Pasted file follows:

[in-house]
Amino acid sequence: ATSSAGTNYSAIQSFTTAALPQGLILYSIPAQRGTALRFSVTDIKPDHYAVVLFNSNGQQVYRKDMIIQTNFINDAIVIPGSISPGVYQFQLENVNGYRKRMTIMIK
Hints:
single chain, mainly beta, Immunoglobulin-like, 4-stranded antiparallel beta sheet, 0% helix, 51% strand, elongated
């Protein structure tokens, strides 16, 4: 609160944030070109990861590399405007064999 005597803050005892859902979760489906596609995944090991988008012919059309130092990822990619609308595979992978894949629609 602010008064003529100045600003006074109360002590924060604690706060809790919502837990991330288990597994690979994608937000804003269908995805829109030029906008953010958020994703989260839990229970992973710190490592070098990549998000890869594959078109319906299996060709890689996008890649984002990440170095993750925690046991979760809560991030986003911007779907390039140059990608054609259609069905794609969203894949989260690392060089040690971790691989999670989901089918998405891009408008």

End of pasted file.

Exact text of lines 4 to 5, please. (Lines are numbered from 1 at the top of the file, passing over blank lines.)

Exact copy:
single chain, mainly beta, Immunoglobulin-like, 4-stranded antiparallel beta sheet, 0% helix, 51% strand, elongated
């Protein structure tokens, strides 16, 4: 609160944030070109990861590399405007064999 005597803050005892859902979760489906596609995944090991988008012919059309130092990822990619609308595979992978894949629609 602010008064003529100045600003006074109360002590924060604690706060809790919502837990991330288990597994690979994608937000804003269908995805829109030029906008953010958020994703989260839990229970992973710190490592070098990549998000890869594959078109319906299996060709890689996008890649984002990440170095993750925690046991979760809560991030986003911007779907390039140059990608054609259609069905794609969203894949989260690392060089040690971790691989999670989901089918998405891009408008």